(left to right) Rick Foucheux, Brad Koed, and Darius Pierce. Photo by Stan Barouh

Emma (Kate Eastwood Norris) is the figurative and literal representation of the detached mother. Norris gives a self aggrandizing monologue addressed at the audience early on, taking a moment to connect with individuals in a way that would garner sympathy for her character if what she was saying wasn’t so atrocious. Norris’ versatility in the role is impressive; being able to balance the narcissism of her character’s ego against the sincerity with which she loves her son and pleads with her lover.

Trig (Cody Nickell) also finds an impressive balance within his character. Despite his exterior radiating the hallmarks of a swarthy, self-appeasing artist, Nickell finds a vulnerability to exploit within this otherwise shallow character and does so with enthusiasm. His approach to delivering one of the most poignant statements in the play—why must it be this or that, why can’t it be yes, and!— is bursting with zeal over this philosophy of living life to the fullest. His candid approach to the seedy exterior of the thriving author is exceptionally well-delivered.

Nina (Katie DeBuys) portrays a representation of ephemeral feminine reality that borders on unrealistic in the character’s existence. DeBuys’ presentation is at first waifish and ethereal; almost like a muse that inspires but only for a fleeting moment. It is the dark and twisted entrails of Nina delivered in the final act of the play that makes heads turn. DeBuys takes a metaphysical approach to becoming a seagull; an intriguing, albeit bizarre, performance of becoming the character of the play— which is again ironically fitting given the way the fourth wall crumbles and resurrects throughout this performance.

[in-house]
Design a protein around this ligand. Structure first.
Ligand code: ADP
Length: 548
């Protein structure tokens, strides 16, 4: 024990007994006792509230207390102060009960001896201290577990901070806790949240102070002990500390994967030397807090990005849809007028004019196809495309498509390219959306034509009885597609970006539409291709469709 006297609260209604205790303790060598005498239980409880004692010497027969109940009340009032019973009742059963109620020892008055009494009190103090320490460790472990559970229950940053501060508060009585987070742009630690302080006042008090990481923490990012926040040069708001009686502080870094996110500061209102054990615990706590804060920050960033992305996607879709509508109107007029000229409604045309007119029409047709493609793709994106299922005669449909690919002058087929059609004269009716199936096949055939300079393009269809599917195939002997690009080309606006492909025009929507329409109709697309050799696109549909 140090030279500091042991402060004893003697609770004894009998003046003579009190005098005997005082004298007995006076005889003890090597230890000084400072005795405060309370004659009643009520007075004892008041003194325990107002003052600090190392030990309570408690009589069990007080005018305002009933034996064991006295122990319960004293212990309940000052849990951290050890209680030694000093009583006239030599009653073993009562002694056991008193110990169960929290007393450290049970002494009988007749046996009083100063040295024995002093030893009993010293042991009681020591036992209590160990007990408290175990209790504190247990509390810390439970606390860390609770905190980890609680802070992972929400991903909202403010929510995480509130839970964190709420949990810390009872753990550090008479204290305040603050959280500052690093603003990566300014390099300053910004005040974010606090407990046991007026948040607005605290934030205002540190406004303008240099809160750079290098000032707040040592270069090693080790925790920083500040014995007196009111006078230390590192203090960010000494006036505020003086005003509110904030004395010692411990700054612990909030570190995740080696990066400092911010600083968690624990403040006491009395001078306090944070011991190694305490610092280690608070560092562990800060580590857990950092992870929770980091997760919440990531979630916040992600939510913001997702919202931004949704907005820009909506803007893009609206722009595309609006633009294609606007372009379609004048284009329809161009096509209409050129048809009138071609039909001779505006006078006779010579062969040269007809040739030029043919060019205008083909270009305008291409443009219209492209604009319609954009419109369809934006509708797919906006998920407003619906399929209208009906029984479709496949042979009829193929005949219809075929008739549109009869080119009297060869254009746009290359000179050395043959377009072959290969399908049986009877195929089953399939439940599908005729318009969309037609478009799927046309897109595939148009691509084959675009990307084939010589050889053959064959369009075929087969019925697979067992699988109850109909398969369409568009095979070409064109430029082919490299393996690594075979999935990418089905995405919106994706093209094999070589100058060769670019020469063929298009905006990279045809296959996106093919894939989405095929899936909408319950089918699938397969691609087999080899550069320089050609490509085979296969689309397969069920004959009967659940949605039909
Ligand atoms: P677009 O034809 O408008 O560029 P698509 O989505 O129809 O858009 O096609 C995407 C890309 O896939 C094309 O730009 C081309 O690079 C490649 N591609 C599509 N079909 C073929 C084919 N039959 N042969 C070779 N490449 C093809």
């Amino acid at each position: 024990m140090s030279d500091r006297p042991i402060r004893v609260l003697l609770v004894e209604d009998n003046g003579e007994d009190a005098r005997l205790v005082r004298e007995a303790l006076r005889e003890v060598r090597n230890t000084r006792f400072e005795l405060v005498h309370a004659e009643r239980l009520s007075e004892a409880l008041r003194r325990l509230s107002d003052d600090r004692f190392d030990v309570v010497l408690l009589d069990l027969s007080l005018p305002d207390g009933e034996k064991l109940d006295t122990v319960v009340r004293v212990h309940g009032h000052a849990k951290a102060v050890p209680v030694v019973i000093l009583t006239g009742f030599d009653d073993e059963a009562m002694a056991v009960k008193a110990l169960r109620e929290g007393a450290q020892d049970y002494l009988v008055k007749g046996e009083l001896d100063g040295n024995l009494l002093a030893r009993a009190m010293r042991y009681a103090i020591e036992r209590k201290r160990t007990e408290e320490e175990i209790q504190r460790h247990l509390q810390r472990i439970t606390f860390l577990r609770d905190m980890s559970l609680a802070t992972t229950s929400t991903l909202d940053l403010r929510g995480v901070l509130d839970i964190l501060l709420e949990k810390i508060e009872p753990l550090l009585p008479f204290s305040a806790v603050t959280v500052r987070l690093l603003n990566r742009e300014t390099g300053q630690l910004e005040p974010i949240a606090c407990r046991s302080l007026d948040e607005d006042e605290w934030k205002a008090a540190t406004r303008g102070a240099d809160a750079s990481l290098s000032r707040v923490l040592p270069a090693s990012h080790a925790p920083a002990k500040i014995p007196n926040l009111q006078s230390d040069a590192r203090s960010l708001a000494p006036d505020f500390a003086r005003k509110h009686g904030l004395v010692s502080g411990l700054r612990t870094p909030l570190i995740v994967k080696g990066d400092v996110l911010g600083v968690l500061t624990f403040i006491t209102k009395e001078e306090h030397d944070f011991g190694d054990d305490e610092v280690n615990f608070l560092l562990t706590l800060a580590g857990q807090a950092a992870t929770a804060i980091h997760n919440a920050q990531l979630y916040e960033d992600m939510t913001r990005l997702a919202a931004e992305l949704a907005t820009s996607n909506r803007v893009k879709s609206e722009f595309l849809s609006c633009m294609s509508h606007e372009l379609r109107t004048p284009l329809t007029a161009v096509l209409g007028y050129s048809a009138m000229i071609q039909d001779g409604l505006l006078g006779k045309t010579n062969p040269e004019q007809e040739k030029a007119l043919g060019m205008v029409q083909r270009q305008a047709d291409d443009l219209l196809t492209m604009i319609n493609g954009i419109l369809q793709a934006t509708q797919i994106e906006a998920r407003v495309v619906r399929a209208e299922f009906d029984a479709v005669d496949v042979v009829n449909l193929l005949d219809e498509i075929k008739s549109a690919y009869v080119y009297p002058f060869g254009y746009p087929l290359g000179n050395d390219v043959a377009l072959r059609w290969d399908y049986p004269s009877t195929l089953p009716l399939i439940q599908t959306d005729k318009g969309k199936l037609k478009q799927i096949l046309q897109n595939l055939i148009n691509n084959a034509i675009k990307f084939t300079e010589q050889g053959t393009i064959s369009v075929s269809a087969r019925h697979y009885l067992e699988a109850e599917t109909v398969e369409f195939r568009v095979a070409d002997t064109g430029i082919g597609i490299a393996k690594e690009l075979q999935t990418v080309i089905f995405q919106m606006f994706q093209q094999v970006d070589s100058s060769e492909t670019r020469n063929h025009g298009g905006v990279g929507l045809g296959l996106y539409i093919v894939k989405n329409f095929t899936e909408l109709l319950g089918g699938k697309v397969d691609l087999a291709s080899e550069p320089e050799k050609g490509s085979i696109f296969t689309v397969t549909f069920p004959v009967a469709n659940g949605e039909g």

Dev (Darius Pierce) and Mash (Kimberly Gilbert) serve inadvertently and completely intentionally as the show’s comic relief. Posner’s script has worked explosive moments of hilarity into tense dramatic situations— in the vein of reinventing classics and finding new approaches to old formats— and these two characters becomes a centering point for a good deal of this effect. Gilbert, as the interminably glum raincloud that hangs over the production is curiously engaging. Her emotional outpouring during the more dramatic scenes surges with intensity. It’s Gilbert’s quirky little songs, ripe with lyrical dissonance, that keep the audience amused. Pierce, as the optimistic pessimist, plays well off Gilbert and together they find ways to bring levity out of otherwise awkwardly depressing situations.

Stupid Fucking Bird- (left to right) Kate Norris and Brad Koed. Photo by Stan Barouh.
(left to right) Kate Norris and Brad Koed. Photo by Stan Barouh.

It all comes down to Con (Brad Koed.) As exceptionally stellar as the first time around, Koed’s performance has transformed and evolved in a fascinating manner. Completely relatable and utterly enjoyable for those who have not previously seen the production, those that have will find the subtle changes and character growth refreshing. Koed’s submersion into the character becomes overwhelming to the point where it impossible to tell when he is the character, verses when he is an actor, and even when he assumes a third ghost-like character of Aaron Posner. The ability to continually oscillate between these phases of existence is astonishing. Raw emotional outbursts are what make his performance— be it as a character or simply a human being trying to perform theatre— so stunning.

The run is limited, but well worth the effort of getting to see this sensational performance in the theatre that premiered it.

Running Time: 2 hours and 45 minutes with one intermission

Stupid Fucking Bird plays through August 17, 2014 at Woolly Mammoth Theatre Company— 641 D Street NW in Washington, DC. For tickets call the box office at (202) 393-3939 or purchase them online.